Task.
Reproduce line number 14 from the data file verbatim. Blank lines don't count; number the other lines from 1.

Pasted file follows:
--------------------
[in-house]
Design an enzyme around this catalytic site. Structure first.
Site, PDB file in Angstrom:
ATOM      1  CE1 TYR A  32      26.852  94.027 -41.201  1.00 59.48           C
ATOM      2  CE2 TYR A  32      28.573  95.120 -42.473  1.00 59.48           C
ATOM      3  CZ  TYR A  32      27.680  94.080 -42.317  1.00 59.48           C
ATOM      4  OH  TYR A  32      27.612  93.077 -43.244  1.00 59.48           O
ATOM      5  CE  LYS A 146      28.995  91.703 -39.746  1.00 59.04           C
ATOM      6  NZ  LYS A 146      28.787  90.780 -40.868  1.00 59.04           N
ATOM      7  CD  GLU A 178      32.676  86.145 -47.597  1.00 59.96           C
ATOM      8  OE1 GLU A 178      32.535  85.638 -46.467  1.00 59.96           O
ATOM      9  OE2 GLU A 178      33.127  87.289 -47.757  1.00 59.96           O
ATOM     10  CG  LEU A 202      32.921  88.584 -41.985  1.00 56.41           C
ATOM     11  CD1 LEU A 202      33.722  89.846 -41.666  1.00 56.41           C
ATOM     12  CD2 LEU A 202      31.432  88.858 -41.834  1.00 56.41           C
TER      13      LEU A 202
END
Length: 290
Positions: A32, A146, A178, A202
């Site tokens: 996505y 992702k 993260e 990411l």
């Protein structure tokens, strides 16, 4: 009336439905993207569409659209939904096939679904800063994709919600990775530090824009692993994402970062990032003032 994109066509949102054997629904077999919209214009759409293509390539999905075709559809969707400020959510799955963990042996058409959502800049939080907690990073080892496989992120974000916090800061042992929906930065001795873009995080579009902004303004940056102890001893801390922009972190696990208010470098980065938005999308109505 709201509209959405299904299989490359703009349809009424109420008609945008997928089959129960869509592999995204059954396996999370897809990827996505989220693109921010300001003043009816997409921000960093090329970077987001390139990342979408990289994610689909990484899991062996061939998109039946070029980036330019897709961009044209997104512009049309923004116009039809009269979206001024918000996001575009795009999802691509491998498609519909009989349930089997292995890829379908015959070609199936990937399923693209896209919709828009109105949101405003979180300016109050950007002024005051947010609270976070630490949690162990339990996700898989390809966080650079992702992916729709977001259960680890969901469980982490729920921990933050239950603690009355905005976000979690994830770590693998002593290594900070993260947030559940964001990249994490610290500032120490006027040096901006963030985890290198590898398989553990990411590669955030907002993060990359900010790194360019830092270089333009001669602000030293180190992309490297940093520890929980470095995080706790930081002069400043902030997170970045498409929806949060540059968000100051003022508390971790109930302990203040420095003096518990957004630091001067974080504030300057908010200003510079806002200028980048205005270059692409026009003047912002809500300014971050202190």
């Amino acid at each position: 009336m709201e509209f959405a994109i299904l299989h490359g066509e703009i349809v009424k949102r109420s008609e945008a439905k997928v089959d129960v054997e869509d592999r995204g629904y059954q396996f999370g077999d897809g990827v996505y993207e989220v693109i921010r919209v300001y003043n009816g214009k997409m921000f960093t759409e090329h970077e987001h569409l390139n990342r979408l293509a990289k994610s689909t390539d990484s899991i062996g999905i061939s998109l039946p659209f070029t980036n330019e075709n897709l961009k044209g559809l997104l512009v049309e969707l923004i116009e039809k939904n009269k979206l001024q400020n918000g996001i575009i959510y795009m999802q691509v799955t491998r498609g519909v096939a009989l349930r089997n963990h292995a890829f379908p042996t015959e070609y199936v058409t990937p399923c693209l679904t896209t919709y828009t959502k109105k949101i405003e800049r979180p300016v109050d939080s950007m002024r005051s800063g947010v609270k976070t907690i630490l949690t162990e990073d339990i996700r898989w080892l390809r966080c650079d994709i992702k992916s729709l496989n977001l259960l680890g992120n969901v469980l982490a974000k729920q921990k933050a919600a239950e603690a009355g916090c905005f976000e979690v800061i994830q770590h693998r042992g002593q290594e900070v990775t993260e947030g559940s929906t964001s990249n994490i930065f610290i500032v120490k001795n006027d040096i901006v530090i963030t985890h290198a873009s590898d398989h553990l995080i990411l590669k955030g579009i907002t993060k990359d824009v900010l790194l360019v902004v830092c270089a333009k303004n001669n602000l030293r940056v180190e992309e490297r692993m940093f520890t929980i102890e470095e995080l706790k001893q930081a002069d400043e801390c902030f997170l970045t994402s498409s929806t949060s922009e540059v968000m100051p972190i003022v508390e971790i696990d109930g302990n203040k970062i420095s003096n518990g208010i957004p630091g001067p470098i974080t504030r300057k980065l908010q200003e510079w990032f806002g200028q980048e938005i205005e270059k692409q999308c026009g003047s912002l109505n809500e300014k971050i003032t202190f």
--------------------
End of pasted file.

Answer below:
ATOM     11  CD1 LEU A 202      33.722  89.846 -41.666  1.00 56.41           C